It is further noted that guided electromagnetic waves as described in the subject disclosure can have an electromagnetic field structure that lies primarily or substantially on an outer surface of a transmission medium so as to be bound to or guided by the outer surface of the transmission medium and so as to propagate non-trivial distances on or along the outer surface of the transmission medium. In other embodiments, guided electromagnetic waves can have an electromagnetic field structure that substantially lies above an outer surface of a transmission medium, but is nonetheless bound to or guided by the transmission medium and so as to propagate non-trivial distances on or along the transmission medium. In other embodiments, guided electromagnetic waves can have an electromagnetic field structure that has a field strength that is de minimis at the outer surface, below the outer surface, and/or in proximity to the outer surface of a transmission medium, but is nonetheless bound to or guided by the transmission medium and so as to propagate non-trivial distances along the transmission medium.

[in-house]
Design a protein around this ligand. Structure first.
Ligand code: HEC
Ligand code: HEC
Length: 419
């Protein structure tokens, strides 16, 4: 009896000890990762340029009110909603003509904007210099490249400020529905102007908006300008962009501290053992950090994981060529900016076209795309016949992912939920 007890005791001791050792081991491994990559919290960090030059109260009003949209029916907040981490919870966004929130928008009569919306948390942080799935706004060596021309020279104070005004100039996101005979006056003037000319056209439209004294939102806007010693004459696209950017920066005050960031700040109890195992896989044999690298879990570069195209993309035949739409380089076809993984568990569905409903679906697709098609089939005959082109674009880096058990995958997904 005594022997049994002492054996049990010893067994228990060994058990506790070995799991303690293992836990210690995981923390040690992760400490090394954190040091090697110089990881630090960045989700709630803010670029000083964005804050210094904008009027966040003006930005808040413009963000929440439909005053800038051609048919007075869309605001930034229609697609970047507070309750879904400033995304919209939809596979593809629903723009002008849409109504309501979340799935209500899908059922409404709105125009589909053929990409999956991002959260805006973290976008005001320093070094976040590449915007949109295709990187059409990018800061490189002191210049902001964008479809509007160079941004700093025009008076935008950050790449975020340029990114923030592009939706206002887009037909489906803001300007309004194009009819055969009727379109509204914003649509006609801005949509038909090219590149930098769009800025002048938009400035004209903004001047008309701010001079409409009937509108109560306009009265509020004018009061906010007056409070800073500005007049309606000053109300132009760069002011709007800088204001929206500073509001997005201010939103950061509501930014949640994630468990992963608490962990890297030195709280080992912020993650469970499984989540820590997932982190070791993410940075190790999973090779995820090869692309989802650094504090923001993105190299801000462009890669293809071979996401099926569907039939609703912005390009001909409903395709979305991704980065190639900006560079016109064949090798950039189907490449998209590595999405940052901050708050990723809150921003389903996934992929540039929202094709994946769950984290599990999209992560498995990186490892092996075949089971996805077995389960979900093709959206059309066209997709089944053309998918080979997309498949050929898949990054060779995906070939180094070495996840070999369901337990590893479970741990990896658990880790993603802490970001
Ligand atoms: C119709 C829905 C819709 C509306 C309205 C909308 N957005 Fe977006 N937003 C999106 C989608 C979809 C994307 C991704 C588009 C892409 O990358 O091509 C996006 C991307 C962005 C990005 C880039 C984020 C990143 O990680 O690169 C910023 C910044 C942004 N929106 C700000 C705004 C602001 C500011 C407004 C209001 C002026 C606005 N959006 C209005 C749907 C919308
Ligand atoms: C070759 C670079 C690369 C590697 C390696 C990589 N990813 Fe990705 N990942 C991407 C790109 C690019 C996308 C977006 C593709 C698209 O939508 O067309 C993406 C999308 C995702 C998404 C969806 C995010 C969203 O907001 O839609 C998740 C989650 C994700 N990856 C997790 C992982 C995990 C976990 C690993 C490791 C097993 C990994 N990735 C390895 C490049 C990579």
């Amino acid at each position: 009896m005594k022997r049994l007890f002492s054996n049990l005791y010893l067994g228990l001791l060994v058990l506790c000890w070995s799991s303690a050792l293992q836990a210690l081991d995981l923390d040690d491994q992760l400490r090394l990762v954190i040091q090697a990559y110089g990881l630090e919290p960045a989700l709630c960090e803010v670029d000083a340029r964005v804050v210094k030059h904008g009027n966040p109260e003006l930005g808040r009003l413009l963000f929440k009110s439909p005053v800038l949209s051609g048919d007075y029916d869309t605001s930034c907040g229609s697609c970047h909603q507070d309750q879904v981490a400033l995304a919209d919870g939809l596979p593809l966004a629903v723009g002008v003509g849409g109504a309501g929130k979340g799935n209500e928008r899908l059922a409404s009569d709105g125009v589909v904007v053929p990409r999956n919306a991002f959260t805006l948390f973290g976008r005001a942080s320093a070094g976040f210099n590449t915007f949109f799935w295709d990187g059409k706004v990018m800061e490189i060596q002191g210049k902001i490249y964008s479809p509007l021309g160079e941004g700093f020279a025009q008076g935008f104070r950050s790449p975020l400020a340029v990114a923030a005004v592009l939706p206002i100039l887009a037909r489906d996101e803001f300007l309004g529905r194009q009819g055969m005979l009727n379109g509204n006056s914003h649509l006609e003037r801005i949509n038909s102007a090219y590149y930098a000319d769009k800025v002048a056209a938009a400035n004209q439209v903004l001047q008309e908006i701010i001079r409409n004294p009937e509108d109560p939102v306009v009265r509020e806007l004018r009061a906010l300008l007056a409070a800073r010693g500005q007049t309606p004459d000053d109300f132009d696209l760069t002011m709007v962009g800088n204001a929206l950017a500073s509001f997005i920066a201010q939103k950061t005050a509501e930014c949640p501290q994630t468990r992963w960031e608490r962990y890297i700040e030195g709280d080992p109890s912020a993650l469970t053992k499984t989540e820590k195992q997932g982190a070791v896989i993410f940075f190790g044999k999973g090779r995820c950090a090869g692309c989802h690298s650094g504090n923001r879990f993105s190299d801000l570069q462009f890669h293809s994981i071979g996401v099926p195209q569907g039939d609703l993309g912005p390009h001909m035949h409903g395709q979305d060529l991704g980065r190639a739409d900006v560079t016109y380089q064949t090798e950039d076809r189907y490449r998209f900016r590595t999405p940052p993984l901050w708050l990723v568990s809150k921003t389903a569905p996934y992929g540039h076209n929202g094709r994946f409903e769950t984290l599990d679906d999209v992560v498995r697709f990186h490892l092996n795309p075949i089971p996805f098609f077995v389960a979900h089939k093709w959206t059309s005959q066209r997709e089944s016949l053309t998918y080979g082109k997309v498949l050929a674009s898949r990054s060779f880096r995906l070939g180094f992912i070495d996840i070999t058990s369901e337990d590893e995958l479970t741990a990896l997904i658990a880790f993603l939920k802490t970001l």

In other embodiments, guided electromagnetic waves can have an electromagnetic field structure that lies primarily or substantially below an outer surface of a transmission medium so as to be bound to or guided by an inner material of the transmission medium (e.g., dielectric material) and so as to propagate non-trivial distances within the inner material of the transmission medium. In other embodiments, guided electromagnetic waves can have an electromagnetic field structure that lies within a region that is partially below and partially above an outer surface of a transmission medium so as to be bound to or guided by this region of the transmission medium and so as to propagate non-trivial distances along this region of the transmission medium. It will be appreciated that electromagnetic waves that propagate along a transmission medium or are otherwise guided by a transmission medium (i.e., guided electromagnetic waves) can have an electric field structure such as described in one or more of the foregoing embodiments. The desired electromagnetic field structure in an embodiment may vary based upon a variety of factors, including the desired transmission distance, the characteristics of the transmission medium itself, environmental conditions/characteristics outside of the transmission medium (e.g., presence of rain, fog, humidity, atmospheric conditions, etc.), and characteristics of an electromagnetic wave that are configurable by a launcher (or coupler) as will be described below (e.g., configurable wave mode, configurable electromagnetic field structure, configurable polarity, configurable wavelength, configurable bandwidth, and so on).